Natasha murray case study profile

Natasha Murray

Why did you choose to study your course? 

As someone who has always been passionate about both improving our understanding of  animals and prioritising their conservation, zoology seemed like a natural choice. Biology was also my favourite subject during my A-level studies, but before researching all the different courses I didn’t know that a course so tailored to my interests within the subject area existed. After seeing everything I could study within the course offered by Leeds, and the great opportunities for field work provided here, I knew it was the course for me.

What do you enjoy about your course?

I most enjoy the practical applications of the course, although there is lots of classroom based learning and theory, you then get to see what you learn in action either in the lab or field. It’s also a very group-work focussed course, so you learn a lot about collaborating in a professional environment whilst making friends with people who share similar interests to you. 

What were the highlights of the course? 

The 3rd year South African ecology field course was definitely a highlight for me. This allowed me to experience the applications of everything I loved about the course and really inspired me to keep pursuing a conservation career. We met amazing people and saw how our studies can impact real positive changes for restoring and maintaining biodiversity. 

What has been the greatest challenges throughout your course? 

The greatest challenge was overcoming the barriers the pandemic put in between face-to-face teaching and the practical work opportunities offered by the course. Staying motivated when you were learning online and couldn’t see your course friends for a year was very challenging but it made 3rd year even better when we could all come back again.

What is your research project on and what has it involved?

My project explored continuing and novel threats facing the UK pollinator population. Alarming global pollinator declines have been realised over the past decade, largely attributed to by land-use intensification and the usage of toxic pesticides in their rural habitats. Urban gardens are both free of the lasting effects of irresponsible pesticide-use, and are capable of supporting diverse and rich communities of pollinators. As a result, cities, such as London, are now being considered a crucial element in the future of pollinator conservation. However, these cities are also home to some of the highest ambient concentrations of air pollution, which has evidenced consequences for pollinator health and behaviour.

I highlighted a gap in the research about how sustained high concentrations of pollutants are affecting pollinator biodiversity outside of a controlled environment. I investigated whether exposure to high concentrations of an ambient air pollutant (Nitrogen Dioxide, NO2), in London, affected the biodiversity and composition of pollinator communities residing there. Using field-based flower-insect timed counts, across six urban public gardens, and two rural gardens for comparison, frequencies of visiting pollinating insects were recorded over two months. Over the same period, air samples were collected from individual sites to provide data on their local pollution exposure. The concentrations of NO2 at sites were modelled against the pollinator biodiversity observed there.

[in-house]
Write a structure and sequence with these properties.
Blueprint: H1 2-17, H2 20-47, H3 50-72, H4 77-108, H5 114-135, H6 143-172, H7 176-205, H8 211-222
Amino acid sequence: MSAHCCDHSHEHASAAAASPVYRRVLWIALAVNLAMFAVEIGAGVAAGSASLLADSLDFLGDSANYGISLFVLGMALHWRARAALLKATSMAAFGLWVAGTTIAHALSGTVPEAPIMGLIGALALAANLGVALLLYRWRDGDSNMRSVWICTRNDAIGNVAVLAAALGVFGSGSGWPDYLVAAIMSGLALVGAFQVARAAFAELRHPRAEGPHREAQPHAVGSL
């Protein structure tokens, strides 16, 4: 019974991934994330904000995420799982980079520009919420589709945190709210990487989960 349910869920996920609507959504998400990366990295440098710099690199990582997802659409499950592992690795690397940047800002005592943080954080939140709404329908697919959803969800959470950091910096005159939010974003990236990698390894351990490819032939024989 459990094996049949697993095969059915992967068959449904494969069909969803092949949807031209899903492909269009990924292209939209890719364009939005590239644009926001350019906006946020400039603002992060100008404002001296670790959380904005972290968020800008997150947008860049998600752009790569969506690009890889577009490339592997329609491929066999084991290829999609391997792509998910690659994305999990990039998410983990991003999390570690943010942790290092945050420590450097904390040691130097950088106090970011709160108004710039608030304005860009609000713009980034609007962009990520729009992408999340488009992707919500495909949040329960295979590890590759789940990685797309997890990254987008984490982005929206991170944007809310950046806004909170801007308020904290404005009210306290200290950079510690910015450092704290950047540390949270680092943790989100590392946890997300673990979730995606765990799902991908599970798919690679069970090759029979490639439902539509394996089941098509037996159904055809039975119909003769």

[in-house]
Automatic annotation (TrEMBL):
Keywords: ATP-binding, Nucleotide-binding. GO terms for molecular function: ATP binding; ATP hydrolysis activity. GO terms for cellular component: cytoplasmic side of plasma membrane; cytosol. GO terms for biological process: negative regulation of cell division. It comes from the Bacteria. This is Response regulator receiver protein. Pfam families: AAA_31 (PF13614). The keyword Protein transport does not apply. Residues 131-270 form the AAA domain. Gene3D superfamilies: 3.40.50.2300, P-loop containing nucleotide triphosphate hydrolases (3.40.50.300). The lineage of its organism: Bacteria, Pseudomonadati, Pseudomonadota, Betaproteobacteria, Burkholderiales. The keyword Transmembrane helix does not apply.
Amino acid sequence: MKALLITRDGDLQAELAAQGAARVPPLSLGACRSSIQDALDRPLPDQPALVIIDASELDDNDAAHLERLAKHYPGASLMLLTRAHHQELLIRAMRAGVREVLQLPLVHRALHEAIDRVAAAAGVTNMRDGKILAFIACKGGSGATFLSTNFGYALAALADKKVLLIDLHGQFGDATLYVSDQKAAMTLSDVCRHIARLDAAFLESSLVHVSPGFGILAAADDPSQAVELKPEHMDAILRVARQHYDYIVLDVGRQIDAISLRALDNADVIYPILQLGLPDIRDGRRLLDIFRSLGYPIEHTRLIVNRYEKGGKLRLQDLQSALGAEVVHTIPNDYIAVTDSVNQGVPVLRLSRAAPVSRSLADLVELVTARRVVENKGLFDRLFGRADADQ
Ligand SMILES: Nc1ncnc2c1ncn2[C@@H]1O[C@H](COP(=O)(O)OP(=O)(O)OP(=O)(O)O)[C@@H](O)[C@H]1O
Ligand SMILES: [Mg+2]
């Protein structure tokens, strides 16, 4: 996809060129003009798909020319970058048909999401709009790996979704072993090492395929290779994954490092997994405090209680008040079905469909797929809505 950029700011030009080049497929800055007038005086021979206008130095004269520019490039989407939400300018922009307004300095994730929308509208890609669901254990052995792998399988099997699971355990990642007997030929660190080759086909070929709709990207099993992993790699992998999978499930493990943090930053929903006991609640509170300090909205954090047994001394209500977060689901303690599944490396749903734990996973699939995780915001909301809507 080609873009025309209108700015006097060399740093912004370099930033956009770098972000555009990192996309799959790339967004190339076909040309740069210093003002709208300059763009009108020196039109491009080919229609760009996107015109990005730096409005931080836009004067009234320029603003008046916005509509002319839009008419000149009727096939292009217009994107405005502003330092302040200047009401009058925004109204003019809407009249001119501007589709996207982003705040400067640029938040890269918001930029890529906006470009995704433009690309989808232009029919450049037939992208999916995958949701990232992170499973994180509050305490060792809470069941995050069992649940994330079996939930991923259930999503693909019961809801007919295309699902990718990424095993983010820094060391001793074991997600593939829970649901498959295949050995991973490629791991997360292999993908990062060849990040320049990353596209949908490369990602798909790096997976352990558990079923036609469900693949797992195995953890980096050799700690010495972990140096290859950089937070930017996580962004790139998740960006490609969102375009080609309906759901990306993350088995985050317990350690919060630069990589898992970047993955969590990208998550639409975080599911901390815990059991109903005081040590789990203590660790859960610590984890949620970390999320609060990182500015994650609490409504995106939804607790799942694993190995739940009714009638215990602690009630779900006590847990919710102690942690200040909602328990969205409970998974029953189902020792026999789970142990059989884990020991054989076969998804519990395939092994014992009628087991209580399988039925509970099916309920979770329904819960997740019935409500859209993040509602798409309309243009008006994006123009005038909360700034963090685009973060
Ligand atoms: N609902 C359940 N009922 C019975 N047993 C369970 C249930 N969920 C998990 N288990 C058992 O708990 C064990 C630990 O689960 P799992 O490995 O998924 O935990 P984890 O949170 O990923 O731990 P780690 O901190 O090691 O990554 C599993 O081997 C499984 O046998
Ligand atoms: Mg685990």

When sites had sustained high concentrations of NO2, this was associated with a lower degree of pollinator biodiversity being observed there. Additionally, when NO2 concentrations were higher, differences in community compositions specifically saw less visitation by groups of pollinators crucial to ecosystem services. My results continued to evidence the dangers of high ambient concentrations of air pollutants to pollinators, and call for more to be done to reduce anthropogenic pollution of urban areas.

How would you rate the facilities available to you throughout your project? How have these enhanced your experience?

I had great support from my supervisors, but was also given the freedom and indepndnece to design and carry out the project how I saw fit. This was a great way to show what I had learnt within my course over 3 years.

Why did you choose the University of Leeds? 

Leeds is internationally regarded very highly in its academics and research focussed learning, making it an exciting place for a young scientist to learn. It’s great that your lecturers, at the same time as teaching you, are trying to solve real world problems and are doing exciting research in the same place as you as an undergraduate. However, for me, along with its academic merit the university has a great sociable, supportive community feel and in my opinion is the best place to be a student in the UK. 

What is your current role?

I am currently undertaking a year abroad that was delayed due to the pandemic. Thanks to the University of Leeds study exchange programme I am currently studying at a top university in Melbourne (Monash University) expanding my knowledge and meeting other Zoologists across the world!

How has your course helped with your career aspirations?

The course has solidified my aspirations to be a conservationist, and the industry links and great careers services has provided me great opportunities to gain work experience in the sector and find graduate roles when I finish my studies!